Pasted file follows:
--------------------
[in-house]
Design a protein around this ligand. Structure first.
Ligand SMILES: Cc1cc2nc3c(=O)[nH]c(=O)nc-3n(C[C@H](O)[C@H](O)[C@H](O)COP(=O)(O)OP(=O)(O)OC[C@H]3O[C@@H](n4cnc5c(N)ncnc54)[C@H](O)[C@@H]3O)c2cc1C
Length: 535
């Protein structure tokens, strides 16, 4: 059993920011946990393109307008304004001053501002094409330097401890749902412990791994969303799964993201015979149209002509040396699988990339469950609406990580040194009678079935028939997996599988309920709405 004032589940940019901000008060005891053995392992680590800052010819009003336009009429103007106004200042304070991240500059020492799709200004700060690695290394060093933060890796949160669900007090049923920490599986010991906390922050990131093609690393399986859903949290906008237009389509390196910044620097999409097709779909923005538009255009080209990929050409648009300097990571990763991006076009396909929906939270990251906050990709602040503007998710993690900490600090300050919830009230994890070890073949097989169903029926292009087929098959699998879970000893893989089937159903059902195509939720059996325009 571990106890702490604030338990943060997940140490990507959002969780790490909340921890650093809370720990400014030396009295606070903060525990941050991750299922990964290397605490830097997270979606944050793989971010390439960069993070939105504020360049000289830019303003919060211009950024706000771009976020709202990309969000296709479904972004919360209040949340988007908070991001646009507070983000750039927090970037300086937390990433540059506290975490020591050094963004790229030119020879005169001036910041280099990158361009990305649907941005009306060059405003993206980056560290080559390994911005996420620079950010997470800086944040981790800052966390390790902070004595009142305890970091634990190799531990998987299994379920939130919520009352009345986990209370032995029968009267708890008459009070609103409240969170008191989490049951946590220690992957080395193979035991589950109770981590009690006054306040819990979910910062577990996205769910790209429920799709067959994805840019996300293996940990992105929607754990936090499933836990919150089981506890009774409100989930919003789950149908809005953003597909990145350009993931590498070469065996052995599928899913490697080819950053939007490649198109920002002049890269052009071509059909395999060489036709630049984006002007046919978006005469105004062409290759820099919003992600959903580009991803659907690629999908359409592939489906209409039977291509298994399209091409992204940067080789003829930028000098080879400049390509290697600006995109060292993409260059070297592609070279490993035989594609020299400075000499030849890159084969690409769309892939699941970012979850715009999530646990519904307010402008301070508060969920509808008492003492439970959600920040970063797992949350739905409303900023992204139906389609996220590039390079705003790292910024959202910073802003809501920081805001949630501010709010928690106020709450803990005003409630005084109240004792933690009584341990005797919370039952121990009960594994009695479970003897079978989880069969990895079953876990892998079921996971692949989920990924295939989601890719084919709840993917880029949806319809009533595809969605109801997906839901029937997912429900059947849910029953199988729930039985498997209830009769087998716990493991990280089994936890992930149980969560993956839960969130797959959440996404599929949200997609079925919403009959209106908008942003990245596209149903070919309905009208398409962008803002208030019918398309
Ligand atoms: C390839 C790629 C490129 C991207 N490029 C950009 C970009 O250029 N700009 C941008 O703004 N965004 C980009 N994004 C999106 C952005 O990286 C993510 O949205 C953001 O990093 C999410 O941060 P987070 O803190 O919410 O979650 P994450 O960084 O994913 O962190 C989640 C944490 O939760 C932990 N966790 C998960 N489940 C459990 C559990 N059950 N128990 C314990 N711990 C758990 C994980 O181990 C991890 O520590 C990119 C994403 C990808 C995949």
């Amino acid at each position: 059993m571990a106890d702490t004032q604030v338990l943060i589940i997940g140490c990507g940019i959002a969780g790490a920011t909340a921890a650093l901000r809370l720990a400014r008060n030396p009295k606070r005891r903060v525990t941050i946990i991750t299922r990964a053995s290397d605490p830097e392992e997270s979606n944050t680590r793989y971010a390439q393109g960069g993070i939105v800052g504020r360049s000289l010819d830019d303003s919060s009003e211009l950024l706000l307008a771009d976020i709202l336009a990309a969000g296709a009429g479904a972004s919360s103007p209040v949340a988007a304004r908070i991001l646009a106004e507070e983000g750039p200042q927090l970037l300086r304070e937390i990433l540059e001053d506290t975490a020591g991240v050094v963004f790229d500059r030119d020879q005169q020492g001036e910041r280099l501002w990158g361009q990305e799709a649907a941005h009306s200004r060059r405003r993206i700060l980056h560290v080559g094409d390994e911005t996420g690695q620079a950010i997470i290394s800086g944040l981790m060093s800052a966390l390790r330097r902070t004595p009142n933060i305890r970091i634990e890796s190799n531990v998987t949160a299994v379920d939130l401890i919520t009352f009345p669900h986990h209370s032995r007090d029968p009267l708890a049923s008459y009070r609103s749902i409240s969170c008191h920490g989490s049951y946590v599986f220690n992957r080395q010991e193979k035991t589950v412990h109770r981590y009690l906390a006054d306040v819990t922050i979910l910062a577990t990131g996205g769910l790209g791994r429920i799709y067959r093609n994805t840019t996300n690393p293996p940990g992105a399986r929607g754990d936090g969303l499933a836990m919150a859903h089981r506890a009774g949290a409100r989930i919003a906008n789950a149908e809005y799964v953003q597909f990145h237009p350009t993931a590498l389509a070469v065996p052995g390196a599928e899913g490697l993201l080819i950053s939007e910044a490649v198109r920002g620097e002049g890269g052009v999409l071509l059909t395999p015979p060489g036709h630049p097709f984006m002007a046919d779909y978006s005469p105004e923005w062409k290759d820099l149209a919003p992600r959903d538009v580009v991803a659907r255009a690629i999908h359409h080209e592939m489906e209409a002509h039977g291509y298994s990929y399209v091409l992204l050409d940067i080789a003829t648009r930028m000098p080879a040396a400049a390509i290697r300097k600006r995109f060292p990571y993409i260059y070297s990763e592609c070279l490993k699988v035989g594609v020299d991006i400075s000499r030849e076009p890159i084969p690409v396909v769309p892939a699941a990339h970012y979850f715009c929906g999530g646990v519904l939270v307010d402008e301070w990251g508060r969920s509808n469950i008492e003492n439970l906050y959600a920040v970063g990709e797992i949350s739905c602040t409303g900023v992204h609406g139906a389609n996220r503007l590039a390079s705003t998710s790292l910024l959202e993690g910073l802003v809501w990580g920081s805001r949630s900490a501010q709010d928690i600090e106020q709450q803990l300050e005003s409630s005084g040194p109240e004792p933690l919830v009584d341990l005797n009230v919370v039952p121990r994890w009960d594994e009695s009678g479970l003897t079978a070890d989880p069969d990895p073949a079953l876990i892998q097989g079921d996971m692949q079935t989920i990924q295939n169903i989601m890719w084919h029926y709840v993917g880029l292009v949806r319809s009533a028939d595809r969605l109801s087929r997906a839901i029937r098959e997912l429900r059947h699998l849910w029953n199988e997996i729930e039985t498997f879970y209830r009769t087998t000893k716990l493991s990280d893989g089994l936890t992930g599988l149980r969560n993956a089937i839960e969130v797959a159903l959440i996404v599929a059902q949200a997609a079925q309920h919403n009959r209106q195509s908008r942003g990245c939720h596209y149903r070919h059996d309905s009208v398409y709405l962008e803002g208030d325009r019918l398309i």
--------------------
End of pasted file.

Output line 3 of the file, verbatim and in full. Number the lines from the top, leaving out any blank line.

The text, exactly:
Ligand SMILES: Cc1cc2nc3c(=O)[nH]c(=O)nc-3n(C[C@H](O)[C@H](O)[C@H](O)COP(=O)(O)OP(=O)(O)OC[C@H]3O[C@@H](n4cnc5c(N)ncnc54)[C@H](O)[C@@H]3O)c2cc1C